Focusing on the experience of two black teenage Muslims living life in modern day New York City, director Jay Dockendorf introduces us to Naz & Maalik a film starring Curtiss Cook Jr. and Kerwin Johnson. With inspiration from real life accounts of a past associate of Dockendorf who shared these same characteristics, Naz & Maalik sheds light on a demographic of the population that is heavily underrepresented in television and film. We often see the narratives of black men and sometimes Muslim men. However the narrative of an individual who shares all of these elements is all but non-existent in film, television, literature, and music. This under-representation helps to contribute to the epidemic of white fear in America; the fear of the minority, and the fear of the non-Christian.
The film takes audiences on a very spontaneous and sometimes confusing walk in the shoes of the characters Naz and Maalik. However these experiences are spontaneous and sometimes hard to grasp not because of any fault linked to the script or the director but more so it serves as a direct and valid symbolic scope of the experience of individuals who share the same journey as Naz & Maalik. There are many battles that both characters continue to deal with for the duration of the film. They struggle to accept their sexuality and how it correlates with their religion as well as honoring their religion while matriculating within society. They struggle with the experience of being black males; there is also a struggle to have an inner peace which is highly attributed to the fact that both characters have an unspecified legal issue that seems to haunt them.
It’s important to notice that this film uncovers many skeletons in America’s closet. The first major skeleton is that black males in America are placed in a position where they must always be alert of their actions and surroundings in order to protect themselves from the forever lingering presence of punitive reaction from police and law enforcement. In addition, this film demonstrates the realness and existence of surveillance on not only black males but Muslims in general. This became a very popular practice with police and the FBI in New York City and America after 9/11. Not to mention New York also adopted the stop and frisk practice which disproportionately affects black males in comparison to other populations.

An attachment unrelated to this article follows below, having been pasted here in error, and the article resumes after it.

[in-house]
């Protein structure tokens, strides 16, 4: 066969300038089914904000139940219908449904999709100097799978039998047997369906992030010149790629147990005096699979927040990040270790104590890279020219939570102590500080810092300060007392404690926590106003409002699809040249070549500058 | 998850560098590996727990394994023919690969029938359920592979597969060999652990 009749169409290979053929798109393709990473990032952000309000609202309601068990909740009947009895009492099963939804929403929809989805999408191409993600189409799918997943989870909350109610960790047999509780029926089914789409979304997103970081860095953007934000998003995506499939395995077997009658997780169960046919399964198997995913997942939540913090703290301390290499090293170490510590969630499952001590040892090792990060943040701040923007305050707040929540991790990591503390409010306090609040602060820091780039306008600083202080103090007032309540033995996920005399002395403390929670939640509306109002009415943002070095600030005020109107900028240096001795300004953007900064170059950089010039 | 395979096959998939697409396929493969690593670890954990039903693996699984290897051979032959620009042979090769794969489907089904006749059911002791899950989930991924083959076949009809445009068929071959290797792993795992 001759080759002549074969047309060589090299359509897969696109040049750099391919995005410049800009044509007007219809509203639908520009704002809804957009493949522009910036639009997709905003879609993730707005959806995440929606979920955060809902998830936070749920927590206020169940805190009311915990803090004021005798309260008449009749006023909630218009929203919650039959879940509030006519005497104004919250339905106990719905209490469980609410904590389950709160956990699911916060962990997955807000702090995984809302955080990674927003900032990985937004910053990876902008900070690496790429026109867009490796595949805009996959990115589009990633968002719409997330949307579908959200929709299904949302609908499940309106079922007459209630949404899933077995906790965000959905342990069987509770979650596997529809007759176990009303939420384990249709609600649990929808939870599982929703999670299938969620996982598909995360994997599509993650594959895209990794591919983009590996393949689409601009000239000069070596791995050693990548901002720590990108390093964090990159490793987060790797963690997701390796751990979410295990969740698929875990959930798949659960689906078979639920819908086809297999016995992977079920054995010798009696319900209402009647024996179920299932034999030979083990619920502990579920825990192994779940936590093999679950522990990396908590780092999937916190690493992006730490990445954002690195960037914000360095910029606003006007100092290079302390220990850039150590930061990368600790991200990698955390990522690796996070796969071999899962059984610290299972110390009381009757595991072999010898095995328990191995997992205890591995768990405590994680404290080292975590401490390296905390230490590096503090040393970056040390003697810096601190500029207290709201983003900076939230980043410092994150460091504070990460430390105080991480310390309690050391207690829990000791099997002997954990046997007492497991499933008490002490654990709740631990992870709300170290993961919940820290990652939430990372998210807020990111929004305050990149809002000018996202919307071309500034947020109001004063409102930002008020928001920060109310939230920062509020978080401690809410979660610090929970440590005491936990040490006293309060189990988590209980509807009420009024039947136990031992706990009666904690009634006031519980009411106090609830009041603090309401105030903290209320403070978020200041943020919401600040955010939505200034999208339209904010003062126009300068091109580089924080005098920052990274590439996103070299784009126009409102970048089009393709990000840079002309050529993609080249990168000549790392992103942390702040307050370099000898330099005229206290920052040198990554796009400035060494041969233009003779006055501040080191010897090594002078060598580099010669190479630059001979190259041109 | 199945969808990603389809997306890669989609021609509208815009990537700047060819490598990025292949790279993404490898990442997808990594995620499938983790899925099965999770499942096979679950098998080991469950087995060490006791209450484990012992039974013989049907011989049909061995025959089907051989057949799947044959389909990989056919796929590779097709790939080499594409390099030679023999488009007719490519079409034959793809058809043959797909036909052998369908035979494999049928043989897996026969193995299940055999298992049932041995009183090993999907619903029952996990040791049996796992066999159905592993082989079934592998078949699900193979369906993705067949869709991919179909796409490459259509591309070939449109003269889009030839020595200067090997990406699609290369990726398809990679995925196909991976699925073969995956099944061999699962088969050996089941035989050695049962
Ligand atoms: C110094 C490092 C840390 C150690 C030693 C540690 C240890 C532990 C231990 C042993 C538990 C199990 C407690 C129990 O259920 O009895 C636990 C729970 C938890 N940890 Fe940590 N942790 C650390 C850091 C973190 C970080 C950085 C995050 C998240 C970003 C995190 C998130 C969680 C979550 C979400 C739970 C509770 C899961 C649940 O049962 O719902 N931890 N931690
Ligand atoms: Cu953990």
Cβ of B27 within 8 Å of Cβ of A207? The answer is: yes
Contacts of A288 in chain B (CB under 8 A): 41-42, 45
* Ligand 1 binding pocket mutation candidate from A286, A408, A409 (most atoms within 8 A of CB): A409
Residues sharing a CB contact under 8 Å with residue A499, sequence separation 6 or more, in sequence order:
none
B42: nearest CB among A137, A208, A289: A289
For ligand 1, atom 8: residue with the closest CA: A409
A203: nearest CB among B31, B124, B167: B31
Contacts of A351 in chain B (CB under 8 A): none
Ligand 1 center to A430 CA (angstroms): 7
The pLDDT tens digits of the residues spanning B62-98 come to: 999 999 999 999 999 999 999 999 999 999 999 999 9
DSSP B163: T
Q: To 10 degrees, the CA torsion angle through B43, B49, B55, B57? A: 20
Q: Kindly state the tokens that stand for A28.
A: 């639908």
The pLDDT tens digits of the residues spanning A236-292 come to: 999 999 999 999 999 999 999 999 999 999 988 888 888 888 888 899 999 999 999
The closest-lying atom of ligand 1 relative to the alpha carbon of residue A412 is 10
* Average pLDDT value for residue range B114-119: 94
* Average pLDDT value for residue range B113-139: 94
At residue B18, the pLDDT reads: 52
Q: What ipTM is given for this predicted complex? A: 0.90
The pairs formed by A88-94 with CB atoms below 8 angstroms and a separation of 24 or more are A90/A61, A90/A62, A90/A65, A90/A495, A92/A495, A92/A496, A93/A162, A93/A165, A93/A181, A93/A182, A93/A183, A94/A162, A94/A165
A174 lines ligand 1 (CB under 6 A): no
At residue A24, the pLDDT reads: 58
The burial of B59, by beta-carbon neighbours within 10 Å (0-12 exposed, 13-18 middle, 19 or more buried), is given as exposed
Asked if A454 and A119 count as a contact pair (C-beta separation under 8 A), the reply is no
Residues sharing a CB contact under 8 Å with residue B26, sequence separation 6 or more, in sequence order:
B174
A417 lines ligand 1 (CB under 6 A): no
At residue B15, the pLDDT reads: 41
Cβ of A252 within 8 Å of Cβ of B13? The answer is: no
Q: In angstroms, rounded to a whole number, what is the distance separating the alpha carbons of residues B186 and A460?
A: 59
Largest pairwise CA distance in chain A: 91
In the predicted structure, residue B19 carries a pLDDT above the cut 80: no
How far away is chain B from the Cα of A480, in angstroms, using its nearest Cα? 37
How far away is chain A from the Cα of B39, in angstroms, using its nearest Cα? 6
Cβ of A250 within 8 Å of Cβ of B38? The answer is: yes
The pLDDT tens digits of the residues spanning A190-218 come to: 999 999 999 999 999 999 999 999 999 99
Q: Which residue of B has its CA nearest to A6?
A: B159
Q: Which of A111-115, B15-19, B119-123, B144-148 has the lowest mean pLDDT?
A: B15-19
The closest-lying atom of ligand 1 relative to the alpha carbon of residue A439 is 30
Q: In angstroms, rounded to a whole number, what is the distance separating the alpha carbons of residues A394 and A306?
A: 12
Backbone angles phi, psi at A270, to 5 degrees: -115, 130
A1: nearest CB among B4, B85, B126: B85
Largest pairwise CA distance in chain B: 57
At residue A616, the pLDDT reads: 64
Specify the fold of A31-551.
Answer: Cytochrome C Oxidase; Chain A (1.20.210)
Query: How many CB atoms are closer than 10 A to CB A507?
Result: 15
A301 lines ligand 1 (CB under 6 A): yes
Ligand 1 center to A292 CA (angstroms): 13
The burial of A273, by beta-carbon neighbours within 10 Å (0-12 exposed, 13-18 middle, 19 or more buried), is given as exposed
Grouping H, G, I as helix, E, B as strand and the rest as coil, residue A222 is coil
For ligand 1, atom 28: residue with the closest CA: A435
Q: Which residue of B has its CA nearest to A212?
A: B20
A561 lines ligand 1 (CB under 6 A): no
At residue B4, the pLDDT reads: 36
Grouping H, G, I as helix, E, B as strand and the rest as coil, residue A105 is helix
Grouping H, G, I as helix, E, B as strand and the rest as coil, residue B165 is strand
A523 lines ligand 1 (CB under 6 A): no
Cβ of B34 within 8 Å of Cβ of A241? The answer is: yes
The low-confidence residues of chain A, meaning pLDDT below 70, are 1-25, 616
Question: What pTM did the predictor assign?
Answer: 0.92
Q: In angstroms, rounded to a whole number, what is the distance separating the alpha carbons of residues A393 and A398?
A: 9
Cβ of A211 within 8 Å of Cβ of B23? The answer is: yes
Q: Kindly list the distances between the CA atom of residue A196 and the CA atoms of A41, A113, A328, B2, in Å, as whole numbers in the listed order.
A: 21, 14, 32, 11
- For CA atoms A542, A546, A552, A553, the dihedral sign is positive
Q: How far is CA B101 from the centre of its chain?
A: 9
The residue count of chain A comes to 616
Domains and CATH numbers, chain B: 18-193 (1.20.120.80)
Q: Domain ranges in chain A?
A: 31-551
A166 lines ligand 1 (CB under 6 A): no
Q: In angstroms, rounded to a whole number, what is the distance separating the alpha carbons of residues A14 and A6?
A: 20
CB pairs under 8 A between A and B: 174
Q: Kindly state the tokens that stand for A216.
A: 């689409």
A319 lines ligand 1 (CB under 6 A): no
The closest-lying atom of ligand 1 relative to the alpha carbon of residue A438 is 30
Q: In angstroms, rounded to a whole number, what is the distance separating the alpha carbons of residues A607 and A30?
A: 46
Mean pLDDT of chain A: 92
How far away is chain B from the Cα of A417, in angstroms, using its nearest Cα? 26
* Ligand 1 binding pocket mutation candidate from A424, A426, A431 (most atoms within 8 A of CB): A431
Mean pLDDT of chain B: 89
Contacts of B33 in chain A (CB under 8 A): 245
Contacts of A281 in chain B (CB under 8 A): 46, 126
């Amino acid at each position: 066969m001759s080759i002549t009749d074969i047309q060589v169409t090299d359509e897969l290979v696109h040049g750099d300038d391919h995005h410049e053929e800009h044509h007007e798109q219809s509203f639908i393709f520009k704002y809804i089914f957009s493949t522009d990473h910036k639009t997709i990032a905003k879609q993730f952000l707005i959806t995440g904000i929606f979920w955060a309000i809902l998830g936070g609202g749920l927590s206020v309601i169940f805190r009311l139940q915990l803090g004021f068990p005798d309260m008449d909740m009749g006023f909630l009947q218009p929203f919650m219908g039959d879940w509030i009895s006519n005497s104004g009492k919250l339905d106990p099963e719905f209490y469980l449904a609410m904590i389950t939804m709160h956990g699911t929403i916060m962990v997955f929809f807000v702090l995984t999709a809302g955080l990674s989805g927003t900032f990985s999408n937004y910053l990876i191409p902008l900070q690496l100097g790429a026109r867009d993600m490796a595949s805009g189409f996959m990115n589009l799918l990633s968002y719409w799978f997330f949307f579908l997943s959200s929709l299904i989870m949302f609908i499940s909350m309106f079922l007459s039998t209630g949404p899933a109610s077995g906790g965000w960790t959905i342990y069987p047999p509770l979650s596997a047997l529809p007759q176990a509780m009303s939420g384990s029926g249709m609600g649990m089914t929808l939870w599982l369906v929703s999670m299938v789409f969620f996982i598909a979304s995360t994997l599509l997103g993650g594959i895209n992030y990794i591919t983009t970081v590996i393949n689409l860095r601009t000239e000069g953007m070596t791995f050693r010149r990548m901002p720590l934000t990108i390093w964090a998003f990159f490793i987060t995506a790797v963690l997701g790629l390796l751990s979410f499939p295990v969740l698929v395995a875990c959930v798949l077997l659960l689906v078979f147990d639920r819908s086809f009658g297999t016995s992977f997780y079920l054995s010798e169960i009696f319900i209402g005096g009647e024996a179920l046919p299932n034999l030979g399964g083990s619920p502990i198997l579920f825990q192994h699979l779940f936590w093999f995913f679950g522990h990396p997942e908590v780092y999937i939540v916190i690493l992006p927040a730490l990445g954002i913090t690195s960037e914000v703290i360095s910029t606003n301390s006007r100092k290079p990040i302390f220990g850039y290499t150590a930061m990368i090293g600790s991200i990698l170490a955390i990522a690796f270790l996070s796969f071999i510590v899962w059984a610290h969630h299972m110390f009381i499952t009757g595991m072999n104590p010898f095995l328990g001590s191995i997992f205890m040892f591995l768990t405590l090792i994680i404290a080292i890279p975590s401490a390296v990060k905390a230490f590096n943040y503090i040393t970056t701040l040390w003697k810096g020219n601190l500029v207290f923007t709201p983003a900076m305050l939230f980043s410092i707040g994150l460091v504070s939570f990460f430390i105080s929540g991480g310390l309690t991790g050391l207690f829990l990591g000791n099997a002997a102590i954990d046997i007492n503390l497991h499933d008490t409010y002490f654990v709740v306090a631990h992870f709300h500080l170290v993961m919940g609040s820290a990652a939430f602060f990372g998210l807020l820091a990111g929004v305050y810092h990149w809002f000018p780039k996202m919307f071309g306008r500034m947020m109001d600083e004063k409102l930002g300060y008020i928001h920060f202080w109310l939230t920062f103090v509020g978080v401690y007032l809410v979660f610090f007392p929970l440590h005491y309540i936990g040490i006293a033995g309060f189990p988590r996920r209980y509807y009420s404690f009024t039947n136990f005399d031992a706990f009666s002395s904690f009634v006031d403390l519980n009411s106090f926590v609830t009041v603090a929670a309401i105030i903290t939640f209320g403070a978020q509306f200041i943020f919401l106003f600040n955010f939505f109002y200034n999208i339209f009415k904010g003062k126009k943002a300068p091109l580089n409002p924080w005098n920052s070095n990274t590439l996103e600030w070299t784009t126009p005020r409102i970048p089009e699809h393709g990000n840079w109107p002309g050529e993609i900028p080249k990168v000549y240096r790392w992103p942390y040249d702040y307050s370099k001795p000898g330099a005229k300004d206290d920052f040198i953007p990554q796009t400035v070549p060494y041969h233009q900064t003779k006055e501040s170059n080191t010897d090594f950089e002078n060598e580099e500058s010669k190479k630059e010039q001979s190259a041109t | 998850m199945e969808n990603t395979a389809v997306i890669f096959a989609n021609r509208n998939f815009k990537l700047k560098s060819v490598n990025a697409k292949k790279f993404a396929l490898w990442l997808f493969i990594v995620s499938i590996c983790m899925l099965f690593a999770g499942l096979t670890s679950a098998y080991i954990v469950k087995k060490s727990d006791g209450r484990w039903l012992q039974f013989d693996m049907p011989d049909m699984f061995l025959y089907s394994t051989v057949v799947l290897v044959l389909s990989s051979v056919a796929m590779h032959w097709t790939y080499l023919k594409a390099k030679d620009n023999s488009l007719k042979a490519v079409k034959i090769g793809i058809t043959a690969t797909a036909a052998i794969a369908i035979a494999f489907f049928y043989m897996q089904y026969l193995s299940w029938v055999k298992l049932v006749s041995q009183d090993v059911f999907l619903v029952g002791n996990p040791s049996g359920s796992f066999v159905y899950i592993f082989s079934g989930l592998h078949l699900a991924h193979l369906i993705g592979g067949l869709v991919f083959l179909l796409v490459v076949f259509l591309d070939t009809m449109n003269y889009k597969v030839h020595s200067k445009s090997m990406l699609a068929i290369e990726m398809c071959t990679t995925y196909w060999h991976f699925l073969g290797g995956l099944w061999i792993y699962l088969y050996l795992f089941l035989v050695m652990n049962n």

We’re taken on a firsthand account on the day in the life of these characters and are quickly reminded that there are many inner and outer battles that both characters are forced to deal with. This film could actually be a continuing series or longer project because there are so many arenas that are covered and presented. The gentrification of many urban neighborhoods and metropolitan cities is one of them.
A brief reference to this account takes place during a scene where Naz becomes acquainted with an older white man who moves into the BedStuy neighborhood and is also looking to become more familiar with Naz intimately. The scene helps to symbolize the meeting of two separate worlds divided by race, class, and maturity brought together by the component of lust and fantasy by one character and a trusting innocence from the other. In addition, a glance on the struggle to afford a decent education in America is highlighted as both characters continuously hustle and work to raise extra funds for the possibility to pay for college.
The world of friendship, love, and lust also collide as we witness the unstable roller coaster of a relationship between the main characters. Much of their imbalance comes from the fact that both characters are very young but in very complicated adult situations. There is a lack of trust and transparency within their relationship. Their youthful innocence also makes them very naive to the surveillance and attempted set ups by law enforcement that they continue to encounter throughout the film. There are moments in the film where as a viewer you hope the characters are well aware of their rights as citizens.
Overall the film is something different to digest. If you’re aiming to watch the film in hopes of having a feeling of completion by the films end you may be disappointed. However, if you are aiming to put aside your traditional expectations and really approach this project with an open mind and eagerness to journey outside of the norm you will leave this film with a desire to quest for more from the director.
Naz & Maalik centers on a realm of society that is so rare and understated when it comes to representation in film that there can barely be and expectation from the viewer on what to expect because there is nothing to compare it to. The film lightly scratches the surface of a multitude of topics and helps to open the door for more projects with a similar tone and presentation.
Naz & Maalik
Starring Kerwin Johnson, Jr. and Curtiss Cook, Jr.
Written and directed by Jay Dockendorf
Naz & Maalik is in theaters today! *Limited Release until January 22, 2016
Available on DVD and Video on Demand January 25, 20116